This will be my last blog post on the lattice path problem for now. As always, full credit goes to Pim Spelier.

After all that theory I want to do some reading on real life applications of lattice paths.

Also I have some other blog topics and Project Euler problems on my mind.

**The final solution to the lattice path problem is shockingly simply, if you know your math.** I fiddled with a similar idea when I started working on this, but failed to figure it out in the end. Because I don’t know my math (yet).

Enter combinatorics….

Let’s have a look at the 2 x 2 grid. Whatever path you take from the top left to the bottom right corner, you always have to go the same number of steps right- and downwards.

So it is either *RRDD*,* RDRD*,* RDDR*,* DRRD*,* DRDR *or* DDRR *for the 2 x 2 grid.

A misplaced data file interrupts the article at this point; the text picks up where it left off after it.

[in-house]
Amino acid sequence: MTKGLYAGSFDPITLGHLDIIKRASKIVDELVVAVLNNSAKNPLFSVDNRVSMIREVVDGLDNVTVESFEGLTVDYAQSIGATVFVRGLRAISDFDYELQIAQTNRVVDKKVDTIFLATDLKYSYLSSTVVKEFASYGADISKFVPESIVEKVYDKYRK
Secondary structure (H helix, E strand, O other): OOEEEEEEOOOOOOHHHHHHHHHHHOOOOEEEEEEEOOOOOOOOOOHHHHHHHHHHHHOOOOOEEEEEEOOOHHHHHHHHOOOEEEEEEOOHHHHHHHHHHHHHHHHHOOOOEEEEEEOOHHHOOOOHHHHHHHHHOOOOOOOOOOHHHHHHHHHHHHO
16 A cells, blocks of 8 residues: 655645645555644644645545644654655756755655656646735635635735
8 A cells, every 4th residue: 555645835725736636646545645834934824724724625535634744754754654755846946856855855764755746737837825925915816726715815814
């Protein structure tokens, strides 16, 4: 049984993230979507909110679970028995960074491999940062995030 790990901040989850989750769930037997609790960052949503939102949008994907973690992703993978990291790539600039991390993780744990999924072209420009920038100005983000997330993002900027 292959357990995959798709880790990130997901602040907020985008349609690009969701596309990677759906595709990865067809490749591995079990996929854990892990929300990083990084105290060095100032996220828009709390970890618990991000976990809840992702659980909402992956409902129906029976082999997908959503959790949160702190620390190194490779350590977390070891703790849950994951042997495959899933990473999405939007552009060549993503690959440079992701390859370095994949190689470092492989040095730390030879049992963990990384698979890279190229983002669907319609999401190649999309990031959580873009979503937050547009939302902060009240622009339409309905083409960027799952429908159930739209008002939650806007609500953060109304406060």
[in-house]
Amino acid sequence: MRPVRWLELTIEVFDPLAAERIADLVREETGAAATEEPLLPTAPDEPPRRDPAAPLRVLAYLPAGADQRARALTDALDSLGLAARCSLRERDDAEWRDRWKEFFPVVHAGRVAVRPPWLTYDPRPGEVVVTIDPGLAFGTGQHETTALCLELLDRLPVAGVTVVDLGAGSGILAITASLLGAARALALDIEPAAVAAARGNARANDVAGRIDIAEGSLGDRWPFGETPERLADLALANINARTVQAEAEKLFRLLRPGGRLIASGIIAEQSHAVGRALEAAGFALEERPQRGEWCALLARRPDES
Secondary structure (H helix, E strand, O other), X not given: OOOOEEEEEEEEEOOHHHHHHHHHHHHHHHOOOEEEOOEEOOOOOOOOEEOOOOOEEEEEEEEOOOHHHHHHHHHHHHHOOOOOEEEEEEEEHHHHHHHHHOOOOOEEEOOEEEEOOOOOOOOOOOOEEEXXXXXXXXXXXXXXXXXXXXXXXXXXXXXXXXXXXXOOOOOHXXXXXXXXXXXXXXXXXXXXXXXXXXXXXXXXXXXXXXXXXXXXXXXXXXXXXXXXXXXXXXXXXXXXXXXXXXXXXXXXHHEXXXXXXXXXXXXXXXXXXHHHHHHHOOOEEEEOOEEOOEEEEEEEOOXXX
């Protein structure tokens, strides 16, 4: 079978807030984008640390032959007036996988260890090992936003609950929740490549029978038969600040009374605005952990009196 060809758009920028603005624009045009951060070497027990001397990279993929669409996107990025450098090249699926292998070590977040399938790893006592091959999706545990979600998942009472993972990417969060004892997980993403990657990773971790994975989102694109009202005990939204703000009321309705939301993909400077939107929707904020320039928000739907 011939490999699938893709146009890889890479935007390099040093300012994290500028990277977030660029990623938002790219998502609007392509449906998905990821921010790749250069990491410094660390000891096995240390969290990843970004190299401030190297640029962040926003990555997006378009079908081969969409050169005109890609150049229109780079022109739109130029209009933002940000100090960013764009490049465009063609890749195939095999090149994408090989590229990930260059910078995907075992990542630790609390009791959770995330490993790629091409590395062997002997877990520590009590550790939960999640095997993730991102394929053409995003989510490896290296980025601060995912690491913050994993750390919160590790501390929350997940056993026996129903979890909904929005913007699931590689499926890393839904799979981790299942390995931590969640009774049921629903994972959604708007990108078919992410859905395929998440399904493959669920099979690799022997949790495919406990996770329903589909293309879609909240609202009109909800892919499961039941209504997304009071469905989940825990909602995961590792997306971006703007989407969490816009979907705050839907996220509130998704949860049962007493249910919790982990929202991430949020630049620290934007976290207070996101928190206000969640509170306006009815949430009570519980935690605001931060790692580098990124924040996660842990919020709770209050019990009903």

Always a combination of two steps to the right and two steps to the bottom. The number of steps total is defined by the grid size. 2 x 2 = 4 in this example.

For a grid of width *n* and height *m* it’s *n*-times *R* and *m*-times *D* with a total step length of *n* x *m*.

Now all you have to figure out is, how many unique combinations of *Rs* and *Ds* in a string of length *n* x *m *exist.

Actually you only have to know the unique ways of placing *Rs* in a string of length *n *x* m*. Once the *Rs* are in place, the* Ds* are automatically in place as well.

The math you need to figure this one out is called binomial coefficient, short *nCr* for *from n choose r.*

How many unique ways can two *Rs* placed in a string of length 4?

It is from 4 choose 2, which is 6:

Several ways to compute the binomial coefficient exist, one of them being a multiplicative formula:

Our grid is a perfect square (2 x 2, 3 x 3, 4 x 4…20 x 20). As shown above for a 2 x 2 grid it’s from 4 choose 2. For a 3 x 3 grid it’s from 6 choose 3 and so on. Therefore the relation between *n* and *k* is *2n* to *n*:

And a sum can be implemented using a for-loop:

Done! Now I need to install me some Latex. Powerpoint is such a pain.